Ali Al-Wardi

Ali Al-Wardi, an Iraqi sociologist, historian, and professor. He renowned for his balanced and objective approach in his field. Born in the Kazimiyah district of Baghdad in 1913. His academic journey was marked by perseverance and intellectual rigor. Al-Wardi’s early years were challenging; in 1924, he left formal education to work as an apprentice at an apothecary. He left only because of his dismissing for preoccupation with reading over attending to customers. This setback, however, did not deter him. Also, he later managed his own small shop. And in a transformative decision in 1931, returned to evening classes in sixth grade, heralding a new chapter in his life.

His dedication to education was unwavering. After completing his secondary education with distinction, ranking third in Iraq, Ali Al-Wardi was awarded a scholarship to the American University in Beirut, where he earned his bachelor’s degree. His academic pursuits then led him to the University of Texas at Austin in the United States, where he obtained a Master’s degree in 1948 and a Ph.D. in 1950. The university president, recognizing his potential, predicted a bright future for him in sociology upon presenting his doctoral degree.

Ali Al-Wardi’s contributions to sociology were significant and diverse. He authored over 150 research papers. Housed in the library of the Sociology Department at the College of Arts, University of Baghdad. The methodology of Ibn Khaldun deeply influenced his approach to sociology. Yet Al-Wardi’s commitment to objective research often brought him into conflict with prevailing ideologies. He faced criticism from Arab nationalists for not adhering to the concept of a singular Arab personality, as evidenced by the title of his book, “Personality of the Iraqi Individual.” Similarly, communists critiqued him for not employing the historical materialist approach in his studies.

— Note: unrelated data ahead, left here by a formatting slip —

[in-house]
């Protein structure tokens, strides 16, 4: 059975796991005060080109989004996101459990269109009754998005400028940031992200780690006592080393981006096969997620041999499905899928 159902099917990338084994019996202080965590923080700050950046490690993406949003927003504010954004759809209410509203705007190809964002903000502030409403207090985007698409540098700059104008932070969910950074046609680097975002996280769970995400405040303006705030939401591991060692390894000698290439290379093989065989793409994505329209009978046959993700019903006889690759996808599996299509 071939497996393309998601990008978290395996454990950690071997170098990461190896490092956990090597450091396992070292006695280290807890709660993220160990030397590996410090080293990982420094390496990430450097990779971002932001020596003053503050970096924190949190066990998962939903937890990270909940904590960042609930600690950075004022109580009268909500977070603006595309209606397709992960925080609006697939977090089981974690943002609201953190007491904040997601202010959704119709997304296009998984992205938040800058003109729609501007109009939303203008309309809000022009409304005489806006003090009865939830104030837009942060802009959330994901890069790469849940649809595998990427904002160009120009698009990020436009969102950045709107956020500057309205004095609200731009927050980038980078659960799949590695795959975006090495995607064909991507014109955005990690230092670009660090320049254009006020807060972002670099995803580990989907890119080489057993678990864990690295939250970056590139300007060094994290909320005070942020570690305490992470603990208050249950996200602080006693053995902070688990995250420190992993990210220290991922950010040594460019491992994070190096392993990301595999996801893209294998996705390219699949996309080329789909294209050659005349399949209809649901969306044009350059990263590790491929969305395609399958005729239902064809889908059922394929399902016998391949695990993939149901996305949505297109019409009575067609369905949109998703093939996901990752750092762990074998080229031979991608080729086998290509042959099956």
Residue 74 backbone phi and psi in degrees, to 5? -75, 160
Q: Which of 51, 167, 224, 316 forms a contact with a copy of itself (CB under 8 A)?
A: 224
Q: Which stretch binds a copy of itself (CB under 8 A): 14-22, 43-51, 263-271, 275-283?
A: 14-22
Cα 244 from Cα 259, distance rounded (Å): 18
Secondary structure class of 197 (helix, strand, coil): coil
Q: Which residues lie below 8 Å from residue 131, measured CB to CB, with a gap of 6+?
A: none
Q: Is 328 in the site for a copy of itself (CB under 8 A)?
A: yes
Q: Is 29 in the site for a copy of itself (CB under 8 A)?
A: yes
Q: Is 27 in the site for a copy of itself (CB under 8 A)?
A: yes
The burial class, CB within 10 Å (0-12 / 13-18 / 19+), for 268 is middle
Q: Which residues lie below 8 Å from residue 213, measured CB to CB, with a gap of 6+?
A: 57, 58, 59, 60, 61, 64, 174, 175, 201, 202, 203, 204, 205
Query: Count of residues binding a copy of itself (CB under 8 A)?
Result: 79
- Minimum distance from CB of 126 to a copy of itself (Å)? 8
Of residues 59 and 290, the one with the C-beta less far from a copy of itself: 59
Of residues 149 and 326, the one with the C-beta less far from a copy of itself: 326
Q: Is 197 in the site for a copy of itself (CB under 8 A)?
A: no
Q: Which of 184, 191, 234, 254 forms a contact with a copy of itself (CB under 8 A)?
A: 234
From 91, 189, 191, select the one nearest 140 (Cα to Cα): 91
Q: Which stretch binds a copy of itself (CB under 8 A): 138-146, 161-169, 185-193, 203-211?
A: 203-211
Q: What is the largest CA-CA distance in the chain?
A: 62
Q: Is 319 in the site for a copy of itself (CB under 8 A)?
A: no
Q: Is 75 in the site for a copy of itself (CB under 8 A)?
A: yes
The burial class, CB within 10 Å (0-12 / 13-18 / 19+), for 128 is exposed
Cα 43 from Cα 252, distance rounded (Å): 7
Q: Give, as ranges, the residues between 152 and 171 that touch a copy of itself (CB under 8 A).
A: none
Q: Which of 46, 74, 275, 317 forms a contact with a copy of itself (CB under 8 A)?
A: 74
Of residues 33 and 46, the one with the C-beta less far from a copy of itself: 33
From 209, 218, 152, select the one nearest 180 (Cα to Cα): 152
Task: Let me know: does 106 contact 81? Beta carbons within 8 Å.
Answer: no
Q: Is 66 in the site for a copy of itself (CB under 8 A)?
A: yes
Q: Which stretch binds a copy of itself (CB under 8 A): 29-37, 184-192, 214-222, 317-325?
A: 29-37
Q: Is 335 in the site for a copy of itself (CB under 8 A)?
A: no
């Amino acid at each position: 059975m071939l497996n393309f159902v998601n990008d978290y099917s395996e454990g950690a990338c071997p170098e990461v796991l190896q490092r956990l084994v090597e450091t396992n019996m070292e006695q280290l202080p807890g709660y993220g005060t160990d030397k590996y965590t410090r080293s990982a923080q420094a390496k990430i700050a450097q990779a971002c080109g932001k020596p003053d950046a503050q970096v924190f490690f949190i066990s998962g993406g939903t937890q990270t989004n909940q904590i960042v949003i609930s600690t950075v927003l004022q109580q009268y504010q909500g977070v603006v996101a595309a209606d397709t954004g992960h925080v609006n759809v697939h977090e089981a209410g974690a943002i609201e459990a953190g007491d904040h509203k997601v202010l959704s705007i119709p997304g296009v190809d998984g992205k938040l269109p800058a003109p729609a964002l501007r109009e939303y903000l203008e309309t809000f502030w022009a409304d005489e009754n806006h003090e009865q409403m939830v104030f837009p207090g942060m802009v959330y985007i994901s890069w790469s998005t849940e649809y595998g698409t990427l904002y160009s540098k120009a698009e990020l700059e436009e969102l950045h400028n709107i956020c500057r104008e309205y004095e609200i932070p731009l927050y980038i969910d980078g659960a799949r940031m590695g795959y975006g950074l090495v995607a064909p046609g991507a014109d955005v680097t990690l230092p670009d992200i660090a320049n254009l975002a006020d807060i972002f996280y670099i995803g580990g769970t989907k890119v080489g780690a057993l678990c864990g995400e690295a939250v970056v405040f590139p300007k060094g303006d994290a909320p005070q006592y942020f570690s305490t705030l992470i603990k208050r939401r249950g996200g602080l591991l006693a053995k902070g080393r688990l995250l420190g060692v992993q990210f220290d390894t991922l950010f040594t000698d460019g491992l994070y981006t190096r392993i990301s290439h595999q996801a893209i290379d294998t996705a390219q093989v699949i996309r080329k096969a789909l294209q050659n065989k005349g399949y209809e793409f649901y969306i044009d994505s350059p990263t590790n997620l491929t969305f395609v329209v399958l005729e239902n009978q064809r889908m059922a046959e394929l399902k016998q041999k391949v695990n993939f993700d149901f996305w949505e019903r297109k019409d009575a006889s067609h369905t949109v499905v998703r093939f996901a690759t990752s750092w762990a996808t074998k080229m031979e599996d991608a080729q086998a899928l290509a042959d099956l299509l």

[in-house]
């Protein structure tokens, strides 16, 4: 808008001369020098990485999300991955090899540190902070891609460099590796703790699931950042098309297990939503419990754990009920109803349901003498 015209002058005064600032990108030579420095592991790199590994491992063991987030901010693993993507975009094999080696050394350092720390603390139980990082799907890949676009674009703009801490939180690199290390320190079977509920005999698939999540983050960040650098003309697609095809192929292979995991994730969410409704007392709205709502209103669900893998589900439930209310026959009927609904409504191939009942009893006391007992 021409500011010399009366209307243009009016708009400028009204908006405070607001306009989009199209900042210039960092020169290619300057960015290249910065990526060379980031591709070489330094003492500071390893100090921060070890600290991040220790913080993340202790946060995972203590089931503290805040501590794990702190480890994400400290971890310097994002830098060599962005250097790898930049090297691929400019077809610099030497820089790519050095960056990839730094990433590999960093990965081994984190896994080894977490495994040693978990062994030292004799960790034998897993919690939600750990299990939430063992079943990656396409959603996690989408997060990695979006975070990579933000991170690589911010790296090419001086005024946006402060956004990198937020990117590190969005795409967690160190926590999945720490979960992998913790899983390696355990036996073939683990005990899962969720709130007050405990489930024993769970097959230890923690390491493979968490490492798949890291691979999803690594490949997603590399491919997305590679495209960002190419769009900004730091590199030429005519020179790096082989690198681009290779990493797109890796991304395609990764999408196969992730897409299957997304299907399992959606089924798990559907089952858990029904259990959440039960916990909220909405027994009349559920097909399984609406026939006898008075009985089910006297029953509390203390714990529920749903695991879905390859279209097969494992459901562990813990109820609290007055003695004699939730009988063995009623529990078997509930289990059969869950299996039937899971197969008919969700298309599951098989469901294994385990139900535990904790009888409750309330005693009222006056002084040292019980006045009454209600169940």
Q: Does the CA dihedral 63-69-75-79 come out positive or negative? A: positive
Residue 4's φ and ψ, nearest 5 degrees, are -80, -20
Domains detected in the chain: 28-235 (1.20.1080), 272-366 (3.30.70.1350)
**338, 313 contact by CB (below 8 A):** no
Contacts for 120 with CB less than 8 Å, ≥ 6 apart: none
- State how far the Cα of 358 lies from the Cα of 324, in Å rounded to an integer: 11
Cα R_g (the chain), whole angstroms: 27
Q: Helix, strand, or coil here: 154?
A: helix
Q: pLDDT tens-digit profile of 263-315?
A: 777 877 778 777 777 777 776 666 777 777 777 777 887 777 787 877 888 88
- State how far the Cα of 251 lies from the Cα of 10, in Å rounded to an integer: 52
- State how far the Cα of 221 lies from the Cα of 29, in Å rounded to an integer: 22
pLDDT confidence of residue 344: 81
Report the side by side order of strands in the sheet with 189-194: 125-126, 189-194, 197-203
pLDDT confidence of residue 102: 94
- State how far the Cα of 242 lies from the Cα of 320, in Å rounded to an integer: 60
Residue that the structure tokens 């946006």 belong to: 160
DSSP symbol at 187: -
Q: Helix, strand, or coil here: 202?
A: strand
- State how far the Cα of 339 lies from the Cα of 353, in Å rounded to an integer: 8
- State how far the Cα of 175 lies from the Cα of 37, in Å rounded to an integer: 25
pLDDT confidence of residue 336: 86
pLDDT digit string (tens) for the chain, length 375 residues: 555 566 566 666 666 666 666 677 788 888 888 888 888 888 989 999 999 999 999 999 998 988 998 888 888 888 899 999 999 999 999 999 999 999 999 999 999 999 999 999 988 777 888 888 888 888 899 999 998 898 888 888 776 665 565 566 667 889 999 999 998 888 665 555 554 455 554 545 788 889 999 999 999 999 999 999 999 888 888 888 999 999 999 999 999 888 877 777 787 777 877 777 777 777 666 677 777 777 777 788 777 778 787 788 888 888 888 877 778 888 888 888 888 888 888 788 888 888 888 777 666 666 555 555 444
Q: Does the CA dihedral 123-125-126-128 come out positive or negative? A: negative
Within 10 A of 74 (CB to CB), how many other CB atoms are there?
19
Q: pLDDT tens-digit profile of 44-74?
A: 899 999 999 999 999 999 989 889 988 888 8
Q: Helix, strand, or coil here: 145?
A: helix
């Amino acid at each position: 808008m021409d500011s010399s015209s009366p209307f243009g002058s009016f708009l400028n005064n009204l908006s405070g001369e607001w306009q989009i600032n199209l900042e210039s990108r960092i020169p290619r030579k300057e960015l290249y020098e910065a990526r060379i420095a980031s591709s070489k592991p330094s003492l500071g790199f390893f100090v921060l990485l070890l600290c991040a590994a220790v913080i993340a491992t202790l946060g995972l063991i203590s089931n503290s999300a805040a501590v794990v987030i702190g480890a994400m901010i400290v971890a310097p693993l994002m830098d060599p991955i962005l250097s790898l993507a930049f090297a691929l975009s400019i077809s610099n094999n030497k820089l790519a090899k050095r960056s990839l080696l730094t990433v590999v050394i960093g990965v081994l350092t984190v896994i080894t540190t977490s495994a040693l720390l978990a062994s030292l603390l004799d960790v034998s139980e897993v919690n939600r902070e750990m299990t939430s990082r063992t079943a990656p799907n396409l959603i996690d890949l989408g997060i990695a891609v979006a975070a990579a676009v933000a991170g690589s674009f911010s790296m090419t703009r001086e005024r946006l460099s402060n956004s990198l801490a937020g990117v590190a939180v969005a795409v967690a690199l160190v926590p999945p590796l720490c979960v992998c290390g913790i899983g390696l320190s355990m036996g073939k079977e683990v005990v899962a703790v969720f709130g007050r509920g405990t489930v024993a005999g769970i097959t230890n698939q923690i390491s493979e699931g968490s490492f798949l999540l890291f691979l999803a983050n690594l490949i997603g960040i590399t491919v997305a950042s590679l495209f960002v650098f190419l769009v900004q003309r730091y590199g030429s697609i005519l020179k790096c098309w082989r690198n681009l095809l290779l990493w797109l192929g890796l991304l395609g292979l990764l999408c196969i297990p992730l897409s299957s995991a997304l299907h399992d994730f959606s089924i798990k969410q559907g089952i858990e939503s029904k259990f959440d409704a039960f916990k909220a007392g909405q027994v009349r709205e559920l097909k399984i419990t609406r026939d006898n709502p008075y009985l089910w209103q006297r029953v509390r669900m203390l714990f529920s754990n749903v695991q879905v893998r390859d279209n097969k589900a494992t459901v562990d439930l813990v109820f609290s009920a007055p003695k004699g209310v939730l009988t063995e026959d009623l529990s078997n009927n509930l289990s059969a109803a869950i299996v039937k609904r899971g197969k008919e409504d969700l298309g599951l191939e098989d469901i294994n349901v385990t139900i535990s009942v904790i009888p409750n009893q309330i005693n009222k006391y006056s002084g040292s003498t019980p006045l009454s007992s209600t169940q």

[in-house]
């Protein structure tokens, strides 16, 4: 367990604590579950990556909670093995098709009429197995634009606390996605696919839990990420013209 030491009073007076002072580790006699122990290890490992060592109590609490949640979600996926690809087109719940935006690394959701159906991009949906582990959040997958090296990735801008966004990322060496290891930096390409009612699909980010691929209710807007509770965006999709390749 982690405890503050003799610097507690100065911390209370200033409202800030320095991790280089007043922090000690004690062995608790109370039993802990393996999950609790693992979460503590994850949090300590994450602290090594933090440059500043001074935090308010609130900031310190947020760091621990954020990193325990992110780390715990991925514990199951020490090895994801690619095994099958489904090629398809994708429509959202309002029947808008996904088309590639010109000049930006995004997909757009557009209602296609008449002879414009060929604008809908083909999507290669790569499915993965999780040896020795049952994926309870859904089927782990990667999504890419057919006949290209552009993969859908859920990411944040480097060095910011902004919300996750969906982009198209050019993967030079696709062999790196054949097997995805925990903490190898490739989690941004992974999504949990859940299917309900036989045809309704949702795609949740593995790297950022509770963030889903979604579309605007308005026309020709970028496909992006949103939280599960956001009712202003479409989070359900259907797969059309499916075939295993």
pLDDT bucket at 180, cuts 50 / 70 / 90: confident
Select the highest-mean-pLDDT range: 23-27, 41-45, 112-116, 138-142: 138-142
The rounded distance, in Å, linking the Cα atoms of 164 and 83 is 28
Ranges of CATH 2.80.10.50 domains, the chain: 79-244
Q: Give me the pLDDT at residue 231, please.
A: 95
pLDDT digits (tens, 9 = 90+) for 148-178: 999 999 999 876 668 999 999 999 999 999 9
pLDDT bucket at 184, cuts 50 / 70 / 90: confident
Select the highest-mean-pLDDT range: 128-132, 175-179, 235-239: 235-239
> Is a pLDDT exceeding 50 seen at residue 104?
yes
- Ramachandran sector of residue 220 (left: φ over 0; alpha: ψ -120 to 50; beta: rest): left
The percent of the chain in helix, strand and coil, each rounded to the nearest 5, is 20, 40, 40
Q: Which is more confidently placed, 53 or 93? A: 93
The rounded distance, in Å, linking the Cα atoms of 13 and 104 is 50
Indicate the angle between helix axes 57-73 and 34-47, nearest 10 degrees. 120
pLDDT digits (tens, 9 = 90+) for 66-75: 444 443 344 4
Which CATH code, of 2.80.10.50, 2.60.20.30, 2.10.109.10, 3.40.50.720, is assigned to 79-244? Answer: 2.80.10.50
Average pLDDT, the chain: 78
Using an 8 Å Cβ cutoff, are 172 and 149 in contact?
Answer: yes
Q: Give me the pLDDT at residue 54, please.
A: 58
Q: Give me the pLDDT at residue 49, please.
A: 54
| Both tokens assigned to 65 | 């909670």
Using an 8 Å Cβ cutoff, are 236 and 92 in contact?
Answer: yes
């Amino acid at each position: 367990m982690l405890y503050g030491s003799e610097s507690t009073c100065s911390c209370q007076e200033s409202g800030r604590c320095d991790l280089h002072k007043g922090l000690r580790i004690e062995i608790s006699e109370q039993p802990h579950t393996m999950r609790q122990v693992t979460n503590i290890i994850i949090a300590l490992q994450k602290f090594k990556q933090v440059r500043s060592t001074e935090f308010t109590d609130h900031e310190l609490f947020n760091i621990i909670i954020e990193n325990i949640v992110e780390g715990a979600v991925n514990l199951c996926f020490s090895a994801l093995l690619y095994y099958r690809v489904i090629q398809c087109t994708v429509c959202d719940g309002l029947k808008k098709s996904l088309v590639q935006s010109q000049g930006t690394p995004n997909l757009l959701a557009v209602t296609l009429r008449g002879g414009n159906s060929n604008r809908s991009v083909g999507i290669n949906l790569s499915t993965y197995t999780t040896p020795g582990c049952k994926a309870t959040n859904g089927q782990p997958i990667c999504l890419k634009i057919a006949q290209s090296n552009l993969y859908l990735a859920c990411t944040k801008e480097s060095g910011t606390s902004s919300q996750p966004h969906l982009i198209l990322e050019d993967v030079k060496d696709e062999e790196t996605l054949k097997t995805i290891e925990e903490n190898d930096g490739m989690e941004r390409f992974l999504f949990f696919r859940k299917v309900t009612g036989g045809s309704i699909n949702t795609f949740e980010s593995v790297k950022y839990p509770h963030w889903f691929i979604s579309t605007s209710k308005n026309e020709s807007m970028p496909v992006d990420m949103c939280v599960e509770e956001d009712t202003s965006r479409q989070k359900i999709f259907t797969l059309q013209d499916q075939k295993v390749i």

Furthermore, in 1943, Ali Al-Wardi began his teaching career in Baghdad’s Central Secondary School under the Ministry of Education. His academic journey continued as he became a sociology professor at the College of Arts, University of Baghdad in 1950.

Additionally, he later appointed as an emeritus professor by the University of Baghdad in 1970, upon his request for retirement.

Throughout his life, Ali Al-Wardi dedicated himself to writing and research, paying little attention to personal gain. He often found himself at odds with ruling authorities. Seeing his future crafted through his own efforts amidst struggles and tireless dedication. The notable writers like Salama Moussa and Abdul Razzaq Muhyi Al-Din chronicled his legacy, and he was the subject of hundreds of newspapers, encyclopedias, books, and academic theses. In the late 1970s, Al-Wardi turned to writing his memoirs, intending to publish them as a book, cementing his position as a key figure in the intellectual and academic landscape of the Arab world.

Books Written by Ali Al-Wardi